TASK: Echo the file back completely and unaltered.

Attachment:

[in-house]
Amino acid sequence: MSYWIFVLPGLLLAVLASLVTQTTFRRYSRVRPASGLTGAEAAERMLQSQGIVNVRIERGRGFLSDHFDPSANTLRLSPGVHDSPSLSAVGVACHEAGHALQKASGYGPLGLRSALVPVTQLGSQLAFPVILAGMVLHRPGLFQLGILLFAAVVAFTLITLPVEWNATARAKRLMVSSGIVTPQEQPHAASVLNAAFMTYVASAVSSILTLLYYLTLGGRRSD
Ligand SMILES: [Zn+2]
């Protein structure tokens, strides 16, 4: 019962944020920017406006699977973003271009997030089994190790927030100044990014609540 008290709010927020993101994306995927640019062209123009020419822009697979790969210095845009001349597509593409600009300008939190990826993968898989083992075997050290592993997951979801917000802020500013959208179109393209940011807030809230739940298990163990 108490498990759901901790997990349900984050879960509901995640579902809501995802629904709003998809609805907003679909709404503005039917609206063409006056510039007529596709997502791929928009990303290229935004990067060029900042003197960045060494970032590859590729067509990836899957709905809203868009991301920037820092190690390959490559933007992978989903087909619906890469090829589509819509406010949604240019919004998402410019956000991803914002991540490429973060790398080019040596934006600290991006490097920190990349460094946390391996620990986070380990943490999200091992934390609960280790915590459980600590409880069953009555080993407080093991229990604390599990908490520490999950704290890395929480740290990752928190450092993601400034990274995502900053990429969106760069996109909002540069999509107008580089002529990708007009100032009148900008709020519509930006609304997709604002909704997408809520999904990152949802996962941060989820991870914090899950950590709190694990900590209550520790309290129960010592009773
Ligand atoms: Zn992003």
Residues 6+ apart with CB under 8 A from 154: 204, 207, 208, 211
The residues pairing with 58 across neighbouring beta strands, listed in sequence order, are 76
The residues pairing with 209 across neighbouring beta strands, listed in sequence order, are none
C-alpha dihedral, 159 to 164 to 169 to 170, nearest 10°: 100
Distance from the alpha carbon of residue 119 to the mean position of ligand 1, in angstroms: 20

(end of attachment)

[in-house]
Amino acid sequence: MSYWIFVLPGLLLAVLASLVTQTTFRRYSRVRPASGLTGAEAAERMLQSQGIVNVRIERGRGFLSDHFDPSANTLRLSPGVHDSPSLSAVGVACHEAGHALQKASGYGPLGLRSALVPVTQLGSQLAFPVILAGMVLHRPGLFQLGILLFAAVVAFTLITLPVEWNATARAKRLMVSSGIVTPQEQPHAASVLNAAFMTYVASAVSSILTLLYYLTLGGRRSD
Ligand SMILES: [Zn+2]
């Protein structure tokens, strides 16, 4: 019962944020920017406006699977973003271009997030089994190790927030100044990014609540 008290709010927020993101994306995927640019062209123009020419822009697979790969210095845009001349597509593409600009300008939190990826993968898989083992075997050290592993997951979801917000802020500013959208179109393209940011807030809230739940298990163990 108490498990759901901790997990349900984050879960509901995640579902809501995802629904709003998809609805907003679909709404503005039917609206063409006056510039007529596709997502791929928009990303290229935004990067060029900042003197960045060494970032590859590729067509990836899957709905809203868009991301920037820092190690390959490559933007992978989903087909619906890469090829589509819509406010949604240019919004998402410019956000991803914002991540490429973060790398080019040596934006600290991006490097920190990349460094946390391996620990986070380990943490999200091992934390609960280790915590459980600590409880069953009555080993407080093991229990604390599990908490520490999950704290890395929480740290990752928190450092993601400034990274995502900053990429969106760069996109909002540069999509107008580089002529990708007009100032009148900008709020519509930006609304997709604002909704997408809520999904990152949802996962941060989820991870914090899950950590709190694990900590209550520790309290129960010592009773
Ligand atoms: Zn992003």
Residues 6+ apart with CB under 8 A from 154: 204, 207, 208, 211
The residues pairing with 58 across neighbouring beta strands, listed in sequence order, are 76
The residues pairing with 209 across neighbouring beta strands, listed in sequence order, are none
C-alpha dihedral, 159 to 164 to 169 to 170, nearest 10°: 100
Distance from the alpha carbon of residue 119 to the mean position of ligand 1, in angstroms: 20